This post is about the election, but it is NOT about politics.
I would really, really appreciate it if you would give this one a read.
Grab a coffee, get a quiet place, and give me a bit of your time. Even if you’re sick of the news by now.
If you like it, please do me a favor and share it with someone who’d like it.
OK? OK. 🙂
Should I extend empathy to my enemies?
“We are not enemies, but friends. We must not be enemies. Though passion may have strained, it must not break our bonds of affection. The mystic chords of memory will swell when again touched, as surely they will be, by the better angels of our nature.”
“Only if we face these open wounds in ourselves can we understand them in other people.”
It’s been quite the week, eh?
Emotions have run high during this election. The electorate is more driven, more engaged, and more motivated than ever before (at least, as measured by voter turnout, which sites at a record high of 72.1% as of this writing).
As a result, the reaction to the A.P.s call for a Biden victory was also extremely strong.
I am not going to talk about the election itself, or the decision to call the race despite the Trump administration’s legal challenges, in this email. If you’ve been repeatedly “doomscrolling” or “joyscrolling” over the past few days, this is something different.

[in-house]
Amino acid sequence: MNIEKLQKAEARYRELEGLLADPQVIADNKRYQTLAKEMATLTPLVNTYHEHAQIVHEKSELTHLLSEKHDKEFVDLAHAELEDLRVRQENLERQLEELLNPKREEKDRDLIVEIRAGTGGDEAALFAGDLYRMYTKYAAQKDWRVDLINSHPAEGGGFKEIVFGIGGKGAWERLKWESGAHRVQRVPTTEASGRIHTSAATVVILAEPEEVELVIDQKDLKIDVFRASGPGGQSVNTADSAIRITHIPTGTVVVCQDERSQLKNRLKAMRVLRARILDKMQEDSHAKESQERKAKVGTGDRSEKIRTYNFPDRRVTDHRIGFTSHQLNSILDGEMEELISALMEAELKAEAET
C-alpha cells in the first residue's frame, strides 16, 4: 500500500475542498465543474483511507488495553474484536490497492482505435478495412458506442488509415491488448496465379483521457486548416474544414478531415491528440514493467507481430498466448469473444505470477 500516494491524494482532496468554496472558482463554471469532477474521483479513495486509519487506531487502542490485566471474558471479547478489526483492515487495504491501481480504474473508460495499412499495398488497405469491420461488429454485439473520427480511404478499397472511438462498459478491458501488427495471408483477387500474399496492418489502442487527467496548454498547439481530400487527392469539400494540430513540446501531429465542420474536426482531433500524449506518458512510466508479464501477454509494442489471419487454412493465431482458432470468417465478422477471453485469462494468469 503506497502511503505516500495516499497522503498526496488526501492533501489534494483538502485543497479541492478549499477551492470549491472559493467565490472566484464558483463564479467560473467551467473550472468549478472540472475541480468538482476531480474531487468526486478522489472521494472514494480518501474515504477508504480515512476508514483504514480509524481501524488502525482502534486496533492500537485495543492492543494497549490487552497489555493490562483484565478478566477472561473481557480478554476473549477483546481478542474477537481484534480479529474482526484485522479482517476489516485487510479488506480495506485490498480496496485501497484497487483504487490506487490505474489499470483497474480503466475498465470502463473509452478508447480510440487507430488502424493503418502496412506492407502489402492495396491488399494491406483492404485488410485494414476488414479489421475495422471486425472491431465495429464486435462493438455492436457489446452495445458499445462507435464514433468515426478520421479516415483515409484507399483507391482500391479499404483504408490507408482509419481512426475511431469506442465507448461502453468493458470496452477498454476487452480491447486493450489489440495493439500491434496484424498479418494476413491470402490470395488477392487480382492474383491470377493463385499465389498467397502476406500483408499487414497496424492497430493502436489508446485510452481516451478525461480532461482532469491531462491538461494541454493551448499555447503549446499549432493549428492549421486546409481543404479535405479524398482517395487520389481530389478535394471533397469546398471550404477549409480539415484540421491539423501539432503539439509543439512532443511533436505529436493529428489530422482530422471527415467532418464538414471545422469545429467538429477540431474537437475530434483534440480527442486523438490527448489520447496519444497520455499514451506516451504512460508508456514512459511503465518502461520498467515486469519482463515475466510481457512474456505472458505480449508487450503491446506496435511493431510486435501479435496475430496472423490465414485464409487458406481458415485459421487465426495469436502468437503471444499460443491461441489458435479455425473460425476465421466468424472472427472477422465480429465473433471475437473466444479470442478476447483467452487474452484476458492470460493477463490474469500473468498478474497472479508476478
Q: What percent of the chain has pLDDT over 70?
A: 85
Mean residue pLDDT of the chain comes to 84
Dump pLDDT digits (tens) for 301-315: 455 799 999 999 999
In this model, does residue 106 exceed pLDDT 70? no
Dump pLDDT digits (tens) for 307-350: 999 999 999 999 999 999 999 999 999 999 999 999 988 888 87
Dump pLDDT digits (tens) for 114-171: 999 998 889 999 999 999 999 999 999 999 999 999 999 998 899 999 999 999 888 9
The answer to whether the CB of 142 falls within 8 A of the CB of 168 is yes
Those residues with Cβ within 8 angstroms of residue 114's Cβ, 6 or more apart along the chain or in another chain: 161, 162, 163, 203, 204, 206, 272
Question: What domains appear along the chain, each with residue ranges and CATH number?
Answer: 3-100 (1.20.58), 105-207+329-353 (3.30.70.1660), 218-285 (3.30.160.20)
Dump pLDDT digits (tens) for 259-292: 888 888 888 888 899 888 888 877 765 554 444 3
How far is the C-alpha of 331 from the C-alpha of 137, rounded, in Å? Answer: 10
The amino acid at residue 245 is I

I want to talk about us.
You know. The People.
I want to talk about what this election – and our politics in general – is doing to us.
And I want to start with empathy.
It wasn’t long after the A.P. announced their results that I started seeing reactions like these all over Twitter:
(Below are a few random samples from my timeline)
It’s very clear that many on the left don’t feel empathetically inclined to those who support or voted for Trump.
For many who remember the feeling of disillusionment that followed the 2016 election – and the mockery that came after…
…2020 feels like a time to even the score.
They don’t deserve empathy because they would never give it to us.
Let me make an argument:
This is completely the wrong way to go.
I know emotions are high, and changes are that if you’re a Biden voter, you’re not feeling particularly forgiving.
And if you’re a Trump voter, you probably don’t think “the left” has any empathy in them, anyway.
Wherever you fall on that spectrum, give me this email to make my case.
Let’s start at the beginning:
What is empathy?
Empathy is Not Sympathy
Empathy is a form of perspective-taking.
Former FBI hostage-negotiator Chris Voss defines empathy to his students as “the ability to recognize the perspective of a counterpart, and the vocalization of that recognition.”
It’s critical to understand that when we discuss empathy, we do not mean “sympathy,” which is feeling someone else’s feelings.
Neither is empathizing the same as agreeing. Empathy does mean that we accept or validate another person’s thoughts or feelings. We don’t even need to understand why the person feels the way that they do.